Bojhalian takes us on a visit to Italy’s beautiful Tuscany during one of the most horrifying periods in that country’s history, when the German occupation had splintered the nation between the resistance, the collaborators, and the majority caught in between who mostly struggled to survive without selling their souls to the devil. But beyond a thought-provoking examination of choices and consequences under wartime conditions, Bojhalian also throws us into the middle of a hunt for a serial killer 10 years after the war’s end, a killer who is literally ripping the hearts out of members of the once-noble Rosati family whose beautiful estate had served as unwilling host to the Nazi occupiers 10 years earlier.
Bohjalian provides us a dizzying viewpoint with which to follow the action, which ping-pongs between the mid-1940s where we get to see the worst depredations of the war, to the mid-1950s where Italy’s only female homicide detective Serafina Bettini is on the trail of a killer whose terrifyingly cold descriptions of his revenge plot are interleaved between the alternating chapters. Serafina is herself a severely traumatized victim of the war, during which she operated as a talented teen-age assassin for the partisans who became her entire family, after her parents and brothers were slaughtered by the Nazis. We learn that she was severely burned and nearly died, but we lack specifics as Serafina herself has put a shroud over that portion of her memory.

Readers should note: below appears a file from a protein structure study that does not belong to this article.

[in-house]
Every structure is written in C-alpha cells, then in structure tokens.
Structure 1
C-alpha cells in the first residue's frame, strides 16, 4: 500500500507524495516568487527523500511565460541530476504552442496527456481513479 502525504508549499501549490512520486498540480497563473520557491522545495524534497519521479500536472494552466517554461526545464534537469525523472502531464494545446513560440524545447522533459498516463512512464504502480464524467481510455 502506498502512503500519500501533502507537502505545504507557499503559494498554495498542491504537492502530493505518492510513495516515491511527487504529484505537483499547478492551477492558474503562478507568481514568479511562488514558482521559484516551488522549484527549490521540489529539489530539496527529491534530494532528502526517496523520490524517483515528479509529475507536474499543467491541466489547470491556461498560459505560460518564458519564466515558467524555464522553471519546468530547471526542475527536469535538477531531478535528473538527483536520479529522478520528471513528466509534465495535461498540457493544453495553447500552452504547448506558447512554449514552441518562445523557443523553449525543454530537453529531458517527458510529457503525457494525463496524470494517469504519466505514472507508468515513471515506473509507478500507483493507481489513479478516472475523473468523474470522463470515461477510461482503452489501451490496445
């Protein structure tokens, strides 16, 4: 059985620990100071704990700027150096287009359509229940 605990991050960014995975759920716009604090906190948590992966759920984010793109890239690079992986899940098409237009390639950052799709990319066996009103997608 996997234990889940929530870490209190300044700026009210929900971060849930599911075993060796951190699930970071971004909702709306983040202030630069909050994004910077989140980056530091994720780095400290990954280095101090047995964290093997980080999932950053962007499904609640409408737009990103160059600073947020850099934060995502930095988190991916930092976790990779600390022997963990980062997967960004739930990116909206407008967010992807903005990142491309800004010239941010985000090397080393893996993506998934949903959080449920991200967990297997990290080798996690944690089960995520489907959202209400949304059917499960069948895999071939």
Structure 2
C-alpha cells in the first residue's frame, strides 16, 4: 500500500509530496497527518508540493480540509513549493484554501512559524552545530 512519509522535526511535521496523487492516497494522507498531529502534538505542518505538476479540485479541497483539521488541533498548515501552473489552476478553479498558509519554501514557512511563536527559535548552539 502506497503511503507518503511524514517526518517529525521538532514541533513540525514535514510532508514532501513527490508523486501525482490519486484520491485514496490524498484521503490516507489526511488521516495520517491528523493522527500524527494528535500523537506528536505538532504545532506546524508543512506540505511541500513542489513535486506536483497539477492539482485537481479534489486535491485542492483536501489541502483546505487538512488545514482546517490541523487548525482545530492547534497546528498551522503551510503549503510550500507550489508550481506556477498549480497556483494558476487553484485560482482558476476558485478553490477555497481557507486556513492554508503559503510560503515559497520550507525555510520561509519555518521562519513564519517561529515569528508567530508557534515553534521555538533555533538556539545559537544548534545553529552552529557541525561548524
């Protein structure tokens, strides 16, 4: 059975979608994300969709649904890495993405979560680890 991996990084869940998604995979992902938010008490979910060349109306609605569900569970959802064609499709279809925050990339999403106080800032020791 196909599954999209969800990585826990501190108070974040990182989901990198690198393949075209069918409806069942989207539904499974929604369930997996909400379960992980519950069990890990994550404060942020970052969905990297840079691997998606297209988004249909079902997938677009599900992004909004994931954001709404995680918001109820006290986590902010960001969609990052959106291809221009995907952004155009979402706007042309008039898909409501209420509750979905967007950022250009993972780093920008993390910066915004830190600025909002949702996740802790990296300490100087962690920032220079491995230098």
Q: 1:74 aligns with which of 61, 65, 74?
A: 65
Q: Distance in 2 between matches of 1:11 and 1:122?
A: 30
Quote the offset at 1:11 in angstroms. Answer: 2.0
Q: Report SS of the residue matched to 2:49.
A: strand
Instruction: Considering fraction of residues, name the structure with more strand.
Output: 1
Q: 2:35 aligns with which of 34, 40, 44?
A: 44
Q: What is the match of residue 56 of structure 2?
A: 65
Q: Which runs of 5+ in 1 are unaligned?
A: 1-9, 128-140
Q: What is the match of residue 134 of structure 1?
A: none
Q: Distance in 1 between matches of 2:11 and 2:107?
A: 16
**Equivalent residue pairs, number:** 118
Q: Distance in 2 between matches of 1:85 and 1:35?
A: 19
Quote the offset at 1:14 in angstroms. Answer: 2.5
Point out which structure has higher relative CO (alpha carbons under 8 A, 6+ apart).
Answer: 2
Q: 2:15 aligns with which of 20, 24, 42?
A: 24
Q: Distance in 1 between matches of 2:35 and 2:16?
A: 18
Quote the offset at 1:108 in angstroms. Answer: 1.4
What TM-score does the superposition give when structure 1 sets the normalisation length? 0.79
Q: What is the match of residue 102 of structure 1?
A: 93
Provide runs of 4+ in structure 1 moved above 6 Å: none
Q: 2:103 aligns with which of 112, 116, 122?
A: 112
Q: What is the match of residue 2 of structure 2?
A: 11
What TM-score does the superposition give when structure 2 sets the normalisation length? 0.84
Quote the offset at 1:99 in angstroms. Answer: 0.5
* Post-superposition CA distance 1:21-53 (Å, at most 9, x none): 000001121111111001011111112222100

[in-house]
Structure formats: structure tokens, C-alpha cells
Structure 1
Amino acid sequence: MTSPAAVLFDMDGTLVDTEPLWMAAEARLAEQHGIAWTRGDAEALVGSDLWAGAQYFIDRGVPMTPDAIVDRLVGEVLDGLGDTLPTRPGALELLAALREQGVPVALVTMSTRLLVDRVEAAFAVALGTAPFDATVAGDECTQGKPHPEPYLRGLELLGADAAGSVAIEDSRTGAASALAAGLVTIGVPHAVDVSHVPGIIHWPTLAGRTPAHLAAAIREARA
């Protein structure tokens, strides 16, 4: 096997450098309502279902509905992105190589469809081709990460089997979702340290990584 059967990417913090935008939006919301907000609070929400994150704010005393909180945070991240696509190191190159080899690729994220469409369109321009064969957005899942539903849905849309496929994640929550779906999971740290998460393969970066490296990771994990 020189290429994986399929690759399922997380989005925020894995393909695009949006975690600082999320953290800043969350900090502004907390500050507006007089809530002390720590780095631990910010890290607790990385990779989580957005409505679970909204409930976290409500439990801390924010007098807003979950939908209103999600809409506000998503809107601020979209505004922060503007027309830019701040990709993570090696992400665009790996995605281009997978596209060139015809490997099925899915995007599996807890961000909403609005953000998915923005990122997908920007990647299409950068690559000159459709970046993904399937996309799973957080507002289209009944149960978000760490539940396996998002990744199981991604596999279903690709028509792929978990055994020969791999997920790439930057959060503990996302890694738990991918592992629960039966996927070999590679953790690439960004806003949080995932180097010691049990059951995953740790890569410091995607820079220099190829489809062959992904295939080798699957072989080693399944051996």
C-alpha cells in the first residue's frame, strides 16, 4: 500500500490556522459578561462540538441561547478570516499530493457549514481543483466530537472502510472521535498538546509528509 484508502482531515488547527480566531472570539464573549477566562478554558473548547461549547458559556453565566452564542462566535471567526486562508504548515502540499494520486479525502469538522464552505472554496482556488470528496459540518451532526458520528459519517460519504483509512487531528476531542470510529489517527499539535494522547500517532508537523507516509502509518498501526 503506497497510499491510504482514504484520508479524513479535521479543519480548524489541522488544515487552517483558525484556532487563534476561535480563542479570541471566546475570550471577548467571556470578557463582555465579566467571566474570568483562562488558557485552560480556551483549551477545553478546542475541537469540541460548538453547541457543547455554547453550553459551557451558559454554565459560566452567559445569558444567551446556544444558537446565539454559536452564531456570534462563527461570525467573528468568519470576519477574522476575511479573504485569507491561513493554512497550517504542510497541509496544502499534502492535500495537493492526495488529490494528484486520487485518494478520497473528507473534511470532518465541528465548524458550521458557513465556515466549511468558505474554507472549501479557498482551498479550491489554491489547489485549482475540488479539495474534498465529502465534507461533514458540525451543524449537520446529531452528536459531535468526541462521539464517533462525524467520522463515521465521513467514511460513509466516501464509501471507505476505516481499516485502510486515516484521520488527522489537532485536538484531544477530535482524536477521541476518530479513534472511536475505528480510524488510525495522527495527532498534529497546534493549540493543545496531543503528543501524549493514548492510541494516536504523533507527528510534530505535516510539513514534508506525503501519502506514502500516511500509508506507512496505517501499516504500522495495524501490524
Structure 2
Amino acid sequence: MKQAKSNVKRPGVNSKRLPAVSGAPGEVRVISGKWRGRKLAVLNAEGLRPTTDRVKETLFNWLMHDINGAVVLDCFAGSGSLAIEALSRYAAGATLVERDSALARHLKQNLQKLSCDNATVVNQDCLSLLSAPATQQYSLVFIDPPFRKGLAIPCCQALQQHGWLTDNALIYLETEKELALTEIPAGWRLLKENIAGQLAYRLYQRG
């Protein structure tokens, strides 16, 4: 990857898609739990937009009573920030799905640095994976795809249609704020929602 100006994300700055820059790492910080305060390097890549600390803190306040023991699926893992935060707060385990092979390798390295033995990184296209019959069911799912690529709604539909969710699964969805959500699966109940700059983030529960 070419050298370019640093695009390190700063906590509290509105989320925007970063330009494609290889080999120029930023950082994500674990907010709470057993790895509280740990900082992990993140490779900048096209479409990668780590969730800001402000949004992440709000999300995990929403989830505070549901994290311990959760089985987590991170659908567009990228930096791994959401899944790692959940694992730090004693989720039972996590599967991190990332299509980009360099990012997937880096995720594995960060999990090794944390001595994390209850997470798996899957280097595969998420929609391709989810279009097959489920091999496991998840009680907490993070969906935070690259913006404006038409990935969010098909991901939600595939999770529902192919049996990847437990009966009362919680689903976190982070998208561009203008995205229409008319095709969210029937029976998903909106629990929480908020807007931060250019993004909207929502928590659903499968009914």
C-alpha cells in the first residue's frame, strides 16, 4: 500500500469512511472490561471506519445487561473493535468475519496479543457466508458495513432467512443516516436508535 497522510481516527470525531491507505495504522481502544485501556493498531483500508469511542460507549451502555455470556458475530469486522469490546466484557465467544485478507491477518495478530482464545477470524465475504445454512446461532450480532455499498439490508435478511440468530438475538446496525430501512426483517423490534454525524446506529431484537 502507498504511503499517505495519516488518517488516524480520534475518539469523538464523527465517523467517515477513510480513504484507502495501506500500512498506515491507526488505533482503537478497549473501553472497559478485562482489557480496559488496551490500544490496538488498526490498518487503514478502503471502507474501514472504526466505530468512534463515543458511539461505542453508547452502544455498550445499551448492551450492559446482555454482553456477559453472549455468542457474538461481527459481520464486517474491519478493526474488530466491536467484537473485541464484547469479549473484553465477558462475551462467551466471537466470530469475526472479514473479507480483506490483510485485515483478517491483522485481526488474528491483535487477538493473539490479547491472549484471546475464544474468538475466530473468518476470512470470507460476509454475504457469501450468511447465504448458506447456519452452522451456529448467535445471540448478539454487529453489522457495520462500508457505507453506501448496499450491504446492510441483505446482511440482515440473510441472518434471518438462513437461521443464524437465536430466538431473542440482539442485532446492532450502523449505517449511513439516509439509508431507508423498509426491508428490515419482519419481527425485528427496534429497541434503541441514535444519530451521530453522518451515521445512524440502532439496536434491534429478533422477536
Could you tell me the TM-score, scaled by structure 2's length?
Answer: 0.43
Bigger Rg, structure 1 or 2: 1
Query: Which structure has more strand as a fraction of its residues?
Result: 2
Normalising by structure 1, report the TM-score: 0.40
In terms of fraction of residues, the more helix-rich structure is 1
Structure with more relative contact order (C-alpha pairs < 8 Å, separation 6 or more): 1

As the story rockets back and forth, we are also introduced to a doomed love affair and archaeological history involving a looted Etruscan tomb—now in ruins—that was located on the Rosati estate, was the original draw to the Nazi art looters who took over the estate, and which becomes the metaphorical centerpiece of the two halves of the story. When Bojhalian focuses on the impact of the war on ordinary people, he is at his best. His thriller, while interesting and not nearly as transparent as some reviewers have implied, is less successful. I’m not sure why unless it is a certain sense of contrivance that brings the two halves of the story together too neatly.
Whatever its flaws, there is much effective story-telling in The Light in the Ruins, and for those of you looking for a good serial killer story with a twist, this one should keep you guessing.